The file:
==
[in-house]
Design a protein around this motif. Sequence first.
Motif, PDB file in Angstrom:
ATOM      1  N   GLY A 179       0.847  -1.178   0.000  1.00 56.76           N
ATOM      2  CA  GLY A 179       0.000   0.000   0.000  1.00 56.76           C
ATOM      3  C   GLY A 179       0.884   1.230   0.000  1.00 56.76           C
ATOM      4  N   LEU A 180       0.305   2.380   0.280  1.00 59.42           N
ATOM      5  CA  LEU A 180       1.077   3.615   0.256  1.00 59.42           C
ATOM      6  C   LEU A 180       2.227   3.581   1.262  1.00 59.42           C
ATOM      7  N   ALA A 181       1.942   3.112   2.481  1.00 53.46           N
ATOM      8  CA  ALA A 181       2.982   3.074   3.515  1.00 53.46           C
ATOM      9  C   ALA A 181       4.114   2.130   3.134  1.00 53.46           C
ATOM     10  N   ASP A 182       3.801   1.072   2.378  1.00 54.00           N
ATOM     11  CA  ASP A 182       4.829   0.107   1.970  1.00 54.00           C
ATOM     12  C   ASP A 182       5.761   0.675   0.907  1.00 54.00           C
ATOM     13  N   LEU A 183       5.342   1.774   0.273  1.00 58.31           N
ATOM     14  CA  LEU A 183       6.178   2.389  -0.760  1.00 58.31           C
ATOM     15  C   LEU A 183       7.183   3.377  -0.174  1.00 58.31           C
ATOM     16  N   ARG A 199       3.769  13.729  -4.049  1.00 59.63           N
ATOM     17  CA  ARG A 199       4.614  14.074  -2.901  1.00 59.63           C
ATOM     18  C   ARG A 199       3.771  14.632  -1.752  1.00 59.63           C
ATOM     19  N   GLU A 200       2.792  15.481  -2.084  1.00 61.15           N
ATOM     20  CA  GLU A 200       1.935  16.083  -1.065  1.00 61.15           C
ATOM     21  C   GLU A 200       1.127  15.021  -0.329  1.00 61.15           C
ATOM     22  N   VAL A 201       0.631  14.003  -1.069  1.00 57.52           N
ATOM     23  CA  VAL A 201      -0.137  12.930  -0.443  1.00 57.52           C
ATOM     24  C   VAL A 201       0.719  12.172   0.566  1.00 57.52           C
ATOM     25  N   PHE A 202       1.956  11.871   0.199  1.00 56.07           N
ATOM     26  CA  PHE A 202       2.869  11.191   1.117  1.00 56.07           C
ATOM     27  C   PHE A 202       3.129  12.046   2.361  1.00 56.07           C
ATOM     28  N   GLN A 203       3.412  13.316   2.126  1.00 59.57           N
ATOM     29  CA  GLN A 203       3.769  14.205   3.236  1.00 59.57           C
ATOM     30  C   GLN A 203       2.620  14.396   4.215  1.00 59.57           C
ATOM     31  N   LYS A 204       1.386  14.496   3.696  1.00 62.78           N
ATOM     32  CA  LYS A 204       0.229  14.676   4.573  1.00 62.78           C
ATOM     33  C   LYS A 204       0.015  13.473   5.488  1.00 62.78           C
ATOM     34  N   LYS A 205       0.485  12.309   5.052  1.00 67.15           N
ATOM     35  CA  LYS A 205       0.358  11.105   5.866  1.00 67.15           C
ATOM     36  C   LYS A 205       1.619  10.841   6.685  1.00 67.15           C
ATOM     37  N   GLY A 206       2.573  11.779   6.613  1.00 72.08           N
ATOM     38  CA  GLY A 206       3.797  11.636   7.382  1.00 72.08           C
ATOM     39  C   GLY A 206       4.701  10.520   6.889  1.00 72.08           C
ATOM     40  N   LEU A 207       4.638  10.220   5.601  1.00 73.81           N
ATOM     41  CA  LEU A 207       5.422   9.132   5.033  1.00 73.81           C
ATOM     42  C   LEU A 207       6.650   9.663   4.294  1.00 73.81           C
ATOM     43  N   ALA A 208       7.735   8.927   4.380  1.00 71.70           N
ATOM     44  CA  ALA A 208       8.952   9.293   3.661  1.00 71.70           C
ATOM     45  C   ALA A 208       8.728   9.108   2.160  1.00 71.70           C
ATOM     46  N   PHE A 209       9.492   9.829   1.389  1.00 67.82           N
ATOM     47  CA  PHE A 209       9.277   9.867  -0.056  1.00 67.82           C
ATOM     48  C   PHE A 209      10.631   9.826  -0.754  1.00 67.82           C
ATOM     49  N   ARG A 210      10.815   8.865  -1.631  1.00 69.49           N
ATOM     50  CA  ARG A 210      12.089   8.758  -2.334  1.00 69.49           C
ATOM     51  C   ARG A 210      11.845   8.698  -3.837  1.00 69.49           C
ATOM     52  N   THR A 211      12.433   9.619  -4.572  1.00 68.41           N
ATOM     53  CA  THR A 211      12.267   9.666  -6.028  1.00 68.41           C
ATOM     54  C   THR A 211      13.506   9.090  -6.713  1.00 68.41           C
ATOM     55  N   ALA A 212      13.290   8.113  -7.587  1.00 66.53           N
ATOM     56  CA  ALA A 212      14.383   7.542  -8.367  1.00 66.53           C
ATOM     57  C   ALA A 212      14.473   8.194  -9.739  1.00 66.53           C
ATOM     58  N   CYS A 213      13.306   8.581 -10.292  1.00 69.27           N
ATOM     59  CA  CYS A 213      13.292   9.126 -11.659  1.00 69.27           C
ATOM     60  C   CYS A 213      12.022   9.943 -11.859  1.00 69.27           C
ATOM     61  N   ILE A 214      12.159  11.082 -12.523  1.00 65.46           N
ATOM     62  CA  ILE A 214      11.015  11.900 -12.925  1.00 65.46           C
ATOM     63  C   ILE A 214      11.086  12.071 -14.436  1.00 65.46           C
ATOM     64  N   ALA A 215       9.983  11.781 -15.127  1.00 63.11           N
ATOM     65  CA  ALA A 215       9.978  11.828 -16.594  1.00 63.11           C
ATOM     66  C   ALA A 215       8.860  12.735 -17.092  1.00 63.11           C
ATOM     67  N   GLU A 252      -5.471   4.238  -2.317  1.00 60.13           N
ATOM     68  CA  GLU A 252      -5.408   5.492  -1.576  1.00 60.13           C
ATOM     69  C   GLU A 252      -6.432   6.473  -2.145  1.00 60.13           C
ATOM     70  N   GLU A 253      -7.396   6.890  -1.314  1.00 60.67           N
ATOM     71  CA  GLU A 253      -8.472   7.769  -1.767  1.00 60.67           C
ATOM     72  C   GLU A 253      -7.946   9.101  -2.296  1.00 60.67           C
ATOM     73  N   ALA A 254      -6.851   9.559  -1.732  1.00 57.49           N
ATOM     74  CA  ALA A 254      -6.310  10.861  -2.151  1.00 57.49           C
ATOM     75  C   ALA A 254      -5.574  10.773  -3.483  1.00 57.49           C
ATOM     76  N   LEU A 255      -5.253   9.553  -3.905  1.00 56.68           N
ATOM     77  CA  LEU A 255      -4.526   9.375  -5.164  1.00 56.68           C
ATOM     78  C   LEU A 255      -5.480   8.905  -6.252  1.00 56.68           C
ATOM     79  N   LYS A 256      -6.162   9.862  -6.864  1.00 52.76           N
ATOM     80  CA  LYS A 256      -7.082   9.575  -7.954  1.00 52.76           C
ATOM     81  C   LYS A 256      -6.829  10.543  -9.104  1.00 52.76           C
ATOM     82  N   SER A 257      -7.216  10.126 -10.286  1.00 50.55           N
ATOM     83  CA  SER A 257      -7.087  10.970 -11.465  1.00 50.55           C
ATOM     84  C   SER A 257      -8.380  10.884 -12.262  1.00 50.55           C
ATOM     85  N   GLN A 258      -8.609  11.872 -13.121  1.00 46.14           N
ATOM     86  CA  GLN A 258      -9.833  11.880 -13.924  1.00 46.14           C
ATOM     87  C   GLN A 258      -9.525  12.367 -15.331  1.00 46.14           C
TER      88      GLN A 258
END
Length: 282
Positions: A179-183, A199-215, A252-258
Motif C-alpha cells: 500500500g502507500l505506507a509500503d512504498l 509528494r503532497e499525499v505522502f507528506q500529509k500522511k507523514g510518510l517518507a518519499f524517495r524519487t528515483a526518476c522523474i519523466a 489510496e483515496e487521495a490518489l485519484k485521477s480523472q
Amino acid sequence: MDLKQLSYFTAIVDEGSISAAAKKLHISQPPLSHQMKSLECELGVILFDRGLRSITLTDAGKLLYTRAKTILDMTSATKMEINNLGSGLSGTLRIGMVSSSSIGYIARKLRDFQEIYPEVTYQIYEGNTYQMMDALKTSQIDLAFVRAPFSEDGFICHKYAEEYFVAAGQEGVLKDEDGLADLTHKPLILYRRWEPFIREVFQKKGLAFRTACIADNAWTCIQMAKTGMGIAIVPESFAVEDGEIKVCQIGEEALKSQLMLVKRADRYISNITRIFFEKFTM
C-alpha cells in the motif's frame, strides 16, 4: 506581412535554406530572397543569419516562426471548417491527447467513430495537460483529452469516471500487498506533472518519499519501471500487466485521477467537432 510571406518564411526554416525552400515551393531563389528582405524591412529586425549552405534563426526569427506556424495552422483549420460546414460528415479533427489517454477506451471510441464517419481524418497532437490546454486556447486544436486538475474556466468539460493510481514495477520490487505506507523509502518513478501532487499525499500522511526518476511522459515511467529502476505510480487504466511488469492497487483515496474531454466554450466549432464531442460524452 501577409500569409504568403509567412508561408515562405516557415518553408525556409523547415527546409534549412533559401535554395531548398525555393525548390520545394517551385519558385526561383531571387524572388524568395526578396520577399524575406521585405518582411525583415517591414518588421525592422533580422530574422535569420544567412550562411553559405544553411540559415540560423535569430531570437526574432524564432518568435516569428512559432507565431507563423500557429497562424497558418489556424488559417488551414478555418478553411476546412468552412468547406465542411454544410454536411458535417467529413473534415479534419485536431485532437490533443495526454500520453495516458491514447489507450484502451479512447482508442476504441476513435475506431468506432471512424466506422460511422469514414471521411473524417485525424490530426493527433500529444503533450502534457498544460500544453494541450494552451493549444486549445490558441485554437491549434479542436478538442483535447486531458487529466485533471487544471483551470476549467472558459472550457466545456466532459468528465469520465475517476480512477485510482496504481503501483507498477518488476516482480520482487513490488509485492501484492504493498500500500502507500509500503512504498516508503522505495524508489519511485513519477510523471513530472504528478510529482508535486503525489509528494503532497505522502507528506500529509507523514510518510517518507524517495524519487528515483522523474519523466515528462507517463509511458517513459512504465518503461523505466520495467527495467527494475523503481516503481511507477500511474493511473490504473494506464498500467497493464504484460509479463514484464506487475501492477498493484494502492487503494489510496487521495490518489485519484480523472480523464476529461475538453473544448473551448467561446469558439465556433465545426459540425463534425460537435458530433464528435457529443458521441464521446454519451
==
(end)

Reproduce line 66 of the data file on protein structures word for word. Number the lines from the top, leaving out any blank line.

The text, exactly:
ATOM     63  C   ILE A 214      11.086  12.071 -14.436  1.00 65.46           C